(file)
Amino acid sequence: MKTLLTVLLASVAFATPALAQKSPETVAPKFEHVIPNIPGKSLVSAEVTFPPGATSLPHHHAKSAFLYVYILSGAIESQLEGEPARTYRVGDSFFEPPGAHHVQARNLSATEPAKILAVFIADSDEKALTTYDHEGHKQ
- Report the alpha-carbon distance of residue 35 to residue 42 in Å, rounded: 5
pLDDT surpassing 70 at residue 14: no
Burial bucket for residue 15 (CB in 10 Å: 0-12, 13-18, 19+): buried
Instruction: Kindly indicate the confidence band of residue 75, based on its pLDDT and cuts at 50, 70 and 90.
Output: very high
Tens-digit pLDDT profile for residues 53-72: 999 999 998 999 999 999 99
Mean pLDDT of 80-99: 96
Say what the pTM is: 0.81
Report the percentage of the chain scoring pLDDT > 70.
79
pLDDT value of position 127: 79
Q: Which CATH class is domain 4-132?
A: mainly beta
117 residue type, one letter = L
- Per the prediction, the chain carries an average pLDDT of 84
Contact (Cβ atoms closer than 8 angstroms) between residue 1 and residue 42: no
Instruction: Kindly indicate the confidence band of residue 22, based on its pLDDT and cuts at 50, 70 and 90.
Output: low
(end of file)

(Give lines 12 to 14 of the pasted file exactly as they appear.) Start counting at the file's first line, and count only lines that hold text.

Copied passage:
pLDDT value of position 127: 79
Q: Which CATH class is domain 4-132?
A: mainly beta